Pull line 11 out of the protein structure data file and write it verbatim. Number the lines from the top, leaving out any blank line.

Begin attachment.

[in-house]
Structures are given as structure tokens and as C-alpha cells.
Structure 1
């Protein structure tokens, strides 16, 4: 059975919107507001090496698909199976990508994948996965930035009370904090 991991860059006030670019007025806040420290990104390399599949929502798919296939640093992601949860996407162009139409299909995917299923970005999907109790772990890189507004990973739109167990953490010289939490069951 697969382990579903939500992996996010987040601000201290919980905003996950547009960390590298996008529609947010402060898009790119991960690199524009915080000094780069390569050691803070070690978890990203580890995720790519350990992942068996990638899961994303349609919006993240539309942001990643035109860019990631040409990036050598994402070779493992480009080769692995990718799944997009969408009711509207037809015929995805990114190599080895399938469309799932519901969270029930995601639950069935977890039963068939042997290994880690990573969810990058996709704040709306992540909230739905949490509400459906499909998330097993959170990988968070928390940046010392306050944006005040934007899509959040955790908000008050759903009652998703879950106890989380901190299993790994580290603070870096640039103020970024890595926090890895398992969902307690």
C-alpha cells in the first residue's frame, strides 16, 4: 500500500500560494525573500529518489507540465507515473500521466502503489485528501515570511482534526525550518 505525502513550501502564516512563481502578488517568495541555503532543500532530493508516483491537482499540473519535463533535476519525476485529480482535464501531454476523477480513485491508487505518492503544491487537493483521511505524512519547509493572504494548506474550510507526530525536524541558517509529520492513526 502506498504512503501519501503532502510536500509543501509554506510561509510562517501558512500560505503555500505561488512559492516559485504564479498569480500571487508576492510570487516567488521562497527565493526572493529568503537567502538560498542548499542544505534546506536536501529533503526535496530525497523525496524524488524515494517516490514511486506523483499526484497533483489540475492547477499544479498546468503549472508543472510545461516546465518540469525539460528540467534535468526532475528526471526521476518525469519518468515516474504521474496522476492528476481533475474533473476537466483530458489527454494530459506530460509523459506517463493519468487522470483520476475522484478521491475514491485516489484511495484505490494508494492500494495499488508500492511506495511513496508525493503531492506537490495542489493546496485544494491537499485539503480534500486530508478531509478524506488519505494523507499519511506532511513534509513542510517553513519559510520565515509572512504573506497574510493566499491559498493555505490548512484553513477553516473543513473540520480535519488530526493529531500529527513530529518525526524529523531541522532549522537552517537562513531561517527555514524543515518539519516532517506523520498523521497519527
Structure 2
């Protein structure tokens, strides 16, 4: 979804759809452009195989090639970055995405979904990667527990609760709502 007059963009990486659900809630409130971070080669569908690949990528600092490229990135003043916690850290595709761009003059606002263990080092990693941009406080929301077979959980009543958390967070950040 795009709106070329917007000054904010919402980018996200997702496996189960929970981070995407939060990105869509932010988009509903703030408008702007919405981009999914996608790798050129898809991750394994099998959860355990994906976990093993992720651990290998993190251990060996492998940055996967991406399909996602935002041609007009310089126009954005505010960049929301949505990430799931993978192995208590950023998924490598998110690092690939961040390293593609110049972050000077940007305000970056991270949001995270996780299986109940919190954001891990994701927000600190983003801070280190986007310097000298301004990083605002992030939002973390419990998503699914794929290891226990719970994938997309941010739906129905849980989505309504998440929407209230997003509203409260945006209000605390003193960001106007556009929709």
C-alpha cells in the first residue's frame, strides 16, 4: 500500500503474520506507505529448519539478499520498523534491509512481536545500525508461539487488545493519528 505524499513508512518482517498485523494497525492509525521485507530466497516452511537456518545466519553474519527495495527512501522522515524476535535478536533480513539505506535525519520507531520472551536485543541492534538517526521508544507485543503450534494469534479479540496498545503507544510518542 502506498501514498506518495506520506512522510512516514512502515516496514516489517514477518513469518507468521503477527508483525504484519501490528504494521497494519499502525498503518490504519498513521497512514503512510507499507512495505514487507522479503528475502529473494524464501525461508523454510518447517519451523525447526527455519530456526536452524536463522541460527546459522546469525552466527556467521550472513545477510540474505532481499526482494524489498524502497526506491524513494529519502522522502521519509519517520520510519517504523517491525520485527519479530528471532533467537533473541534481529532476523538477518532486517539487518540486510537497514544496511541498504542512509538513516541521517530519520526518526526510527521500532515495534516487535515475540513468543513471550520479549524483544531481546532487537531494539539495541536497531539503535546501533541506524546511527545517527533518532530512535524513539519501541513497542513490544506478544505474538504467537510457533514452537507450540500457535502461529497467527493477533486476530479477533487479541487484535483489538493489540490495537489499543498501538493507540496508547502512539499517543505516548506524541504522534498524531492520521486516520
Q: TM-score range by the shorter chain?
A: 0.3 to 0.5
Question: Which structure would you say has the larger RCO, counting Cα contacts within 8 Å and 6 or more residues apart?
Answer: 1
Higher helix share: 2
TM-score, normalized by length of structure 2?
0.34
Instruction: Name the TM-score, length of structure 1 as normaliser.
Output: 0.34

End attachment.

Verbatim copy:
Question: Which structure would you say has the larger RCO, counting Cα contacts within 8 Å and 6 or more residues apart?